Imagine if your hospital patient experience included imposing NBA-sized nurses in surgical scrubs, towering over your tiny frame, poking you with needles, flashing bright lights in your eyes, ripping Band-aids off your skin, and calling you "Sweetie" because they couldn't be bothered with learning your name.
That may well be the experience of many of the 3 million or so children and young adults who are treated each year in the nation's hospitals. Nobody knows for sure how many children and young adults feel this way about their hospital experience, however, because nobody is asking them.
Nancy Ryan-Wenger, RN, hopes to change that. The director of Nursing Research and investigator with the Center for Innovation in Pediatric Practice at Nationwide Children's Hospital in Columbus, Ryan-Wenger is the lead author of a survey and study that calls for giving children a voice in grading their hospital stay.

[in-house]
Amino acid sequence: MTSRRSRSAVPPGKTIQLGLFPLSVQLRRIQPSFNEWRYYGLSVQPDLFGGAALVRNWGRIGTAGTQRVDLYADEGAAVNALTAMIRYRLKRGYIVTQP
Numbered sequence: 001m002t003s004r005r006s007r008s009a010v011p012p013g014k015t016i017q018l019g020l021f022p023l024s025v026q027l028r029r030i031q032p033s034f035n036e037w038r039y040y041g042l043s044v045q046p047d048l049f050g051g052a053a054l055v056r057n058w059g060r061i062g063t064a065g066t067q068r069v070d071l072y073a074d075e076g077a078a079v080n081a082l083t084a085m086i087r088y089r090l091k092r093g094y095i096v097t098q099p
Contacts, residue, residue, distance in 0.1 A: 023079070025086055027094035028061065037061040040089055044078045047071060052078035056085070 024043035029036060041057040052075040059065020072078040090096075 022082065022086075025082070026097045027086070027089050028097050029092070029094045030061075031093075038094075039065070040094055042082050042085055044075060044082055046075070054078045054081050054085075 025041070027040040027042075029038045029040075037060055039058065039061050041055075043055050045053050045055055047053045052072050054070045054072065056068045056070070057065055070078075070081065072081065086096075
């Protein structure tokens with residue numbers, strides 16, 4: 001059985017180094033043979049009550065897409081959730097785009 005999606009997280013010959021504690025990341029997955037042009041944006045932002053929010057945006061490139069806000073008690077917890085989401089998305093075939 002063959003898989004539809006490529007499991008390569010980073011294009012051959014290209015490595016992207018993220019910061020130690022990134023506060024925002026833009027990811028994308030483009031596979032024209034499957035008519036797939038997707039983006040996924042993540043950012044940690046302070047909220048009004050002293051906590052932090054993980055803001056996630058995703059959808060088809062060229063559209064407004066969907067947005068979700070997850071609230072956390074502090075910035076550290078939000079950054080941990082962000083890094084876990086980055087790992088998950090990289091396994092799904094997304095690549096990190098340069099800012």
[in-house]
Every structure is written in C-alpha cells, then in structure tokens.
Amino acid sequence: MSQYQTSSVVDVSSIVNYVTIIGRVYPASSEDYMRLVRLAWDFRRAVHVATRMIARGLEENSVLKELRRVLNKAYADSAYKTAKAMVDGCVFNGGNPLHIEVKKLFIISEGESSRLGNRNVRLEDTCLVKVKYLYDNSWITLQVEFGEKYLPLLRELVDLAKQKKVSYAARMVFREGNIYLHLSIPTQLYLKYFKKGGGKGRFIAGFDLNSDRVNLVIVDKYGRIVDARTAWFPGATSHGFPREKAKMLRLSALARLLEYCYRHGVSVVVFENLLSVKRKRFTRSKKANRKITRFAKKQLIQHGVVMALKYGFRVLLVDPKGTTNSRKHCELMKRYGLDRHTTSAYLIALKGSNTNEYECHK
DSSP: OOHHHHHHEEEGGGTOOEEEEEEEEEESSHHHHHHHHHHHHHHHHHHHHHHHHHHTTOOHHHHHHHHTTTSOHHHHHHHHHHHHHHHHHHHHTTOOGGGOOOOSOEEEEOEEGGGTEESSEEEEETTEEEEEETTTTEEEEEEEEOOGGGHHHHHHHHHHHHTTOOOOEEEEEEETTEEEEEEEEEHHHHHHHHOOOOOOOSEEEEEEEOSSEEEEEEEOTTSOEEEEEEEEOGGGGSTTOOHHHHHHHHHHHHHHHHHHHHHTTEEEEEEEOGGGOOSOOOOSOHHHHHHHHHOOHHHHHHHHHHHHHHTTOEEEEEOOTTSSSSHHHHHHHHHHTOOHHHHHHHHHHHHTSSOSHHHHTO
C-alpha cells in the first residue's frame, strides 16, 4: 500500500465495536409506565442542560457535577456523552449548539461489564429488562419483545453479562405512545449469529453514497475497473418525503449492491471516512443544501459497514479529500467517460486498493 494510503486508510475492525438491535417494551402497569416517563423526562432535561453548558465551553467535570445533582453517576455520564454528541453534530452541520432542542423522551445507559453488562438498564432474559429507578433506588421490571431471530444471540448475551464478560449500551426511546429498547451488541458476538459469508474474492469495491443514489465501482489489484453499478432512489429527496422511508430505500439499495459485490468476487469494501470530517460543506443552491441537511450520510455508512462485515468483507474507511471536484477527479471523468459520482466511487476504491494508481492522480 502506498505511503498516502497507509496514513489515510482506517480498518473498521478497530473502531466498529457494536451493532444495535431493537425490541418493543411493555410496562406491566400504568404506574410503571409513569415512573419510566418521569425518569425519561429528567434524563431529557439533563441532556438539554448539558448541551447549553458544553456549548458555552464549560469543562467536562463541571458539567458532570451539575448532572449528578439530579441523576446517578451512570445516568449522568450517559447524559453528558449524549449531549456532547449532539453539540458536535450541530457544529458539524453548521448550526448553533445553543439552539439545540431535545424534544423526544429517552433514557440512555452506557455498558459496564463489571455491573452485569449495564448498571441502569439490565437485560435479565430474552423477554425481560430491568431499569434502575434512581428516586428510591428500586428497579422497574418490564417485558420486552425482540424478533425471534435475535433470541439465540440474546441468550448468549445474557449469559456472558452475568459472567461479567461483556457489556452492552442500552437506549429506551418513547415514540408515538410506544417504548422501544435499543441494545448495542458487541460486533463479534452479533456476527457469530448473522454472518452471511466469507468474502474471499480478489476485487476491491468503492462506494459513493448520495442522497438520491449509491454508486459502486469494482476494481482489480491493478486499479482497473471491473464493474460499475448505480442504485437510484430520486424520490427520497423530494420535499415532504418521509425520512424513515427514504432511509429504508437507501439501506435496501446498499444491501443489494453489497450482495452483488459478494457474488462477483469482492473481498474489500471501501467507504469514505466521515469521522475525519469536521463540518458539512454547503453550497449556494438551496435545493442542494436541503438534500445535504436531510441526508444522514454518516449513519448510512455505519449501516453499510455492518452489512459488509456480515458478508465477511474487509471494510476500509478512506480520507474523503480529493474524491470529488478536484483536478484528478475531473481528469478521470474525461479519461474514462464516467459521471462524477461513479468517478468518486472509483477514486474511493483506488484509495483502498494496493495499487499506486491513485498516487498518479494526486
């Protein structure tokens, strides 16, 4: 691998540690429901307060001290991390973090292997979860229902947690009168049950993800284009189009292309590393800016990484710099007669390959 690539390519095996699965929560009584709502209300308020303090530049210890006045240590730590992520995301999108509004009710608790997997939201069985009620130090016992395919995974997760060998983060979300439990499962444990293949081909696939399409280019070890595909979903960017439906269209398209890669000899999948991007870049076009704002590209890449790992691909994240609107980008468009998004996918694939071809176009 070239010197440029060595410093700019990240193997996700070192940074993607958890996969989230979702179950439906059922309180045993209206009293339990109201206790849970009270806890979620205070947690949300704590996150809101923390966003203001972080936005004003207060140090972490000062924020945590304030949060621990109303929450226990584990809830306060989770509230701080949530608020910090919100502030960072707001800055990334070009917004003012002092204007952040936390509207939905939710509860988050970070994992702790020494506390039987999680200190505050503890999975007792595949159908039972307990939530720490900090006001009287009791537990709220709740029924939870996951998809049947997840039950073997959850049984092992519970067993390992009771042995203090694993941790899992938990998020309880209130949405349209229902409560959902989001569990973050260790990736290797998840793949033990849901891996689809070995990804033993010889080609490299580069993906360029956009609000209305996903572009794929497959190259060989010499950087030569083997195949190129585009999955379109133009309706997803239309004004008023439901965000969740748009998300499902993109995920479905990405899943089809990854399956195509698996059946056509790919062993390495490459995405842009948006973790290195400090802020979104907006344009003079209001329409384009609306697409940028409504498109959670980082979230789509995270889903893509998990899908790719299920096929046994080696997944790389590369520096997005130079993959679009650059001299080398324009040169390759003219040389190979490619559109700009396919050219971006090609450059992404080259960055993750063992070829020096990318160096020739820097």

"Right now in pediatrics it's all about parent satisfaction," Ryan-Wenger tells HealthLeaders Media. "Every person deserves the best experience they can have in a hospital. We underestimate how children respond and how a hospital experience influences them for the rest of their lives. It is a formative experience that not every child has. They aren't paying the bills, but they are the patient."
"I hate to say it, but the trend toward service-oriented parents and family-centered care at pediatric hospitals has gone overboard with parent satisfaction and comfort. The child sort of gets left behind."